Quotations about   advice

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“The choice is yours: to go or wait.”

“And it is also said,” answered Frodo: “Go not to the Elves for counsel, for they will say both no and yes.”

“Is it indeed?” laughed Gildor. “Elves seldom give unguarded advice, for advice is a dangerous gift, even from the wise to the wise, and all courses may run ill.”

J.R.R. Tolkien (1892-1973) English writer, fabulist, philologist, academic [John Ronald Reuel Tolkien]
The Lord of the Rings, Vol. 1: The Fellowship of the Ring, Book 1, ch. 3 “Three Is Company” (1954)
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Added on 5-May-22 | Last updated 5-May-22
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You will always find some Eskimos ready to instruct the Congolese on how to cope with heat waves.

Stanislaw Lec (1909-1966) Polish aphorist, poet, satirist
Unkempt Thoughts [Myśli nieuczesane] (1957) [tr. Gałązka (1962)]
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Added on 15-Feb-22 | Last updated 15-Feb-22
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This is all I had to say on friendship. One piece of advice on parting. Make up your minds to this. Virtue (without which friendship is impossible) is first; but next to it, and to it alone, the greatest of all things is Friendship.

[Haec habui de amicitia quae dicerem. Vos autem hortor ut ita virtutem locetis, sine qua amicitia esse non potest, ut ea excepta nihil amicitia praestabilius putetis.]

Marcus Tullius Cicero (106-43 BC) Roman orator, statesman, philosopher
“Laelius De Amicitia [Laelius on Friendship],” ch. 27 / sec. 104 (44 BC) [tr. Shuckburgh (1909)]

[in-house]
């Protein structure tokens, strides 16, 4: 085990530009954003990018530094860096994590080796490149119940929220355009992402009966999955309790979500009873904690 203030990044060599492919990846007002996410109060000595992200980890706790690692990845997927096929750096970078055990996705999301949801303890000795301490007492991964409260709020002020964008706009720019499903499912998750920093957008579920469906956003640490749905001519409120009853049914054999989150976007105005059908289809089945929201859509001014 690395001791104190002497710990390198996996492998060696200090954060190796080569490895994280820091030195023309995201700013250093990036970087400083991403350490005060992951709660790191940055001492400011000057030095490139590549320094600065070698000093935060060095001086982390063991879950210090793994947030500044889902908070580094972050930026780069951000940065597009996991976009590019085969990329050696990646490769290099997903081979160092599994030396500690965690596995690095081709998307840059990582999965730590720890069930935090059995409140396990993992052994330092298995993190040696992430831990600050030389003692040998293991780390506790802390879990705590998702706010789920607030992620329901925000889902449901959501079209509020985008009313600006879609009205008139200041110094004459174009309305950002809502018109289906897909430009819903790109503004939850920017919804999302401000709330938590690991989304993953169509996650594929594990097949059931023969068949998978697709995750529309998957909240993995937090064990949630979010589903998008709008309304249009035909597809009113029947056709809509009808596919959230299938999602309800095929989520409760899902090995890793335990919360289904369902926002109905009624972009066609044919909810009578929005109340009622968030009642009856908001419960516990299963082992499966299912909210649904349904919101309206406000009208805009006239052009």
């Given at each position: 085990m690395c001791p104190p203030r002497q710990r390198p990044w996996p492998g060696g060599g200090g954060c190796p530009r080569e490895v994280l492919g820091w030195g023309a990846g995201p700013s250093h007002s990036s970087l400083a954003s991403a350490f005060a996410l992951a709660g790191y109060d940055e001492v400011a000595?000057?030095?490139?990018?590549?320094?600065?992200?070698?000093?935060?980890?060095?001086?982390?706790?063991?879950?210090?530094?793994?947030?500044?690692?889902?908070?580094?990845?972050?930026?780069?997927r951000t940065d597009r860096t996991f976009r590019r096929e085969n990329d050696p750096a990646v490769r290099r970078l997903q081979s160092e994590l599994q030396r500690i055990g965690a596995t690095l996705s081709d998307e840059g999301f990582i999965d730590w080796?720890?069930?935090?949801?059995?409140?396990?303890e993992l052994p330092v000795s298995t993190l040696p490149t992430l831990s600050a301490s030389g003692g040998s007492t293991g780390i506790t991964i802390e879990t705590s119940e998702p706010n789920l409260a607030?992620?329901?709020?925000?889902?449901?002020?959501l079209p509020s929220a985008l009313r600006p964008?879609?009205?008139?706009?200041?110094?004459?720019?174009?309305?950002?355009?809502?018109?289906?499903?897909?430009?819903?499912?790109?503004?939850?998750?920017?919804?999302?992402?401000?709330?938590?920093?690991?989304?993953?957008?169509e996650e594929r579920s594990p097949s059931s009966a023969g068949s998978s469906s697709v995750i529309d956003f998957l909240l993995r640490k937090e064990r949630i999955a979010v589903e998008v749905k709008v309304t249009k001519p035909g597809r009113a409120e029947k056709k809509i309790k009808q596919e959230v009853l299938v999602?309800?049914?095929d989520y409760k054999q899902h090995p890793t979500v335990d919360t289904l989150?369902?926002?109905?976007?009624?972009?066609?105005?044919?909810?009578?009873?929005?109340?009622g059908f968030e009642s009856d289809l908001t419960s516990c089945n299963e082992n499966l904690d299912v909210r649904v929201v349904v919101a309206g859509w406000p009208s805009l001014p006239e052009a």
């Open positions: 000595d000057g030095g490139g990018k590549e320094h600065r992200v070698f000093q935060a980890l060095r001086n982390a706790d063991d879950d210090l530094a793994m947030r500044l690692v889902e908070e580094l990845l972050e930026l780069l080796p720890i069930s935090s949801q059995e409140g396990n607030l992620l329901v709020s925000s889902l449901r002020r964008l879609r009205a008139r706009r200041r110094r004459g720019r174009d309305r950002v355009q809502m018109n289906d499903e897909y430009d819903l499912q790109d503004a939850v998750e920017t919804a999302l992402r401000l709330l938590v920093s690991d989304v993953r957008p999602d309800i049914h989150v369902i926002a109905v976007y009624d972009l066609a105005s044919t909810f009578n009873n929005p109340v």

(Source)

Original Latin. Alternate translations:

Such are the remarks I had to make on friendship. But as for you, I exhort you to lay the foundations of virtue, whithout which friendship can not exist, in such a matter that, with this one exception, you may consider that nothing in the world is more excellent than friendship.
[tr. Edmonds (1871)]

I had these things to say to you about friendship; and I exhort you that you so give the foremost place to virtue without which friendship cannot be, that with the sole exception of virtue, you may think nothing to be preferred to friendship.
[tr. Peabody (1887)]

This is all that I had to say about friendship; but I exhort you both so to esteem virtue (without which friendship cannot exist), that, excepting virtue, you will think nothing more excellent than friendship.
[tr. Falconer (1923)]

Added on 17-May-21 | Last updated 17-May-21
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Be warned against all “good” advice because “good” advice is necessarily “safe” advice, and though it will undoubtedly follow a sane pattern, it will very likely lead one into total sterility — one of the crushing problems of our time.

Jules Feiffer (b. 1929) American cartoonist, authork, satirist
Interview by Roy Newquist, Counterpoint (1964)
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Added on 20-Apr-21 | Last updated 20-Apr-21
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I will leave it for the present, as this letter is already pretty long. Such is my desire, my anxiety for your perfection, that I never think I have said enough, though you may possibly think I have said too much; and though, in truth, if your own good sense is not sufficient to direct you, in many of these plain points, all that I or anybody else can say will be insufficient.